Creative Marketing at Its Best: Let Busy Korean Consumers Shop for Groceries in the Subway

January 13, 2012 § Leave a comment

This is from 2011, but is SO AWESOME that it deserves to be blogged about again 🙂

Tesco’s supermarket chain in Korea, known as HomePlus, wasn’t doing very well compared to its competitors. One of their setbacks was the number of stores they owned, so in order to reach more customers without increasing the number of locations they brought in a (very cool) marketing campaign that brought the supermarket to the Korean consumer. Putting up advertisements in the subway that were pictures of the actual store shelves of HomePlus locations, people waiting in line at the subway could snap pictures of the QR codes below each product and get their groceries delivered to them–without ever stepping into the actual store.

I wish something this awesome could come to America as well, but there’s a few reasons why I think this could only have been such a success in Korea:

  1. Delivery service is amazing in Seoul. I used to joke with a friend that even if I ordered dinner, late, while at a Buddhist temple in the middle of the mountains, my jjigae (broad term referring to Korean spicy stew) would still find its way to me. Delivery in America, on the other hand? Depends on the city, and depends on the restaurant/bakery… and isn’t nearly as cultural a fixture.
  2. The subway is a very important part of almost every Seoulite’s life. Thus the exposure that HomePlus was getting was concentrated and large-scale–whereas America only has a few subway systems, so reach is less far. Also, most subway advertisements (large ones, at least) that I’ve seen in San Francisco and Boston are on the far end of the wall, across the tracks. So unless the ads were closer, or in/on the subway cars themselves, people have no way of getting close enough to scan the QR codes or peruse the 2D snack aisle.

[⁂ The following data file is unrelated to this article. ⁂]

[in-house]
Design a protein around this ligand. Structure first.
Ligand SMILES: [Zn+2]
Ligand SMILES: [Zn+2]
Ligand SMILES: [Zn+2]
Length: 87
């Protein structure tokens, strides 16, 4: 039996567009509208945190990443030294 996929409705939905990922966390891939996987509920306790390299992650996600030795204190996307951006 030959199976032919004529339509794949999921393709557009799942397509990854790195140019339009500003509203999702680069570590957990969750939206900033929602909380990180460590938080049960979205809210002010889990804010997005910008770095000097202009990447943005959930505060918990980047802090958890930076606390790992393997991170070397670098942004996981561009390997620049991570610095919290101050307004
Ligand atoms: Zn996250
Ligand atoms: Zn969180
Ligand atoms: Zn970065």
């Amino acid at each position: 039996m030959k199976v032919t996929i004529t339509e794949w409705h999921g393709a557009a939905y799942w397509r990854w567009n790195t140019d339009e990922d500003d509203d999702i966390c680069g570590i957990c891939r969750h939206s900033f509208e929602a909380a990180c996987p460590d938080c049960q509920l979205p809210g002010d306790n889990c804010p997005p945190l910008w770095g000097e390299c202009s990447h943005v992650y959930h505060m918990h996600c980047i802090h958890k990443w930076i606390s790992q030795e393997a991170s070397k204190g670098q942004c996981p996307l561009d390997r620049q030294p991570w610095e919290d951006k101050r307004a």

3. Korea is technologically very advanced, so the majority of people who have phones have sophisticated ones that are smart and have QR code scanners built-in. Smartphones aren’t nearly as widespread in America.

Regardless, this is a very cool example of culturally relevant and innovative marketing/branding/advertising. Check out the short and well-explained video!


Read more:

Digital Marketing Strategies: What’s Next in Consumer Marketing

Tesco builds virtual shops for Korean commuters



The style of The North Face apparel one wears makes you either a loser, a gangster, or head honcho–at least in Korean elementary and middle schools

January 10, 2012 § Leave a comment

I can’t remember if this kind of posturing happened on such a scale while I was in elementary or junior high, but I did go to school in Utah so one could say I wasn’t exposed to the American average. Nevertheless, this CNNGo article gives a nice summary of what I’d previously only heard through the grapevine (aka my mom): The North Face jackets are in high demand among Korean grade-schoolers, and depending on what version they wear, their social lives and status are either happenin’… or stolen from them.

(No mention in the article of what happens to those who don’t even own a jacket, not even the “bottom” style, Nuptse 2. Are they “losers” too, only… tier 2?…)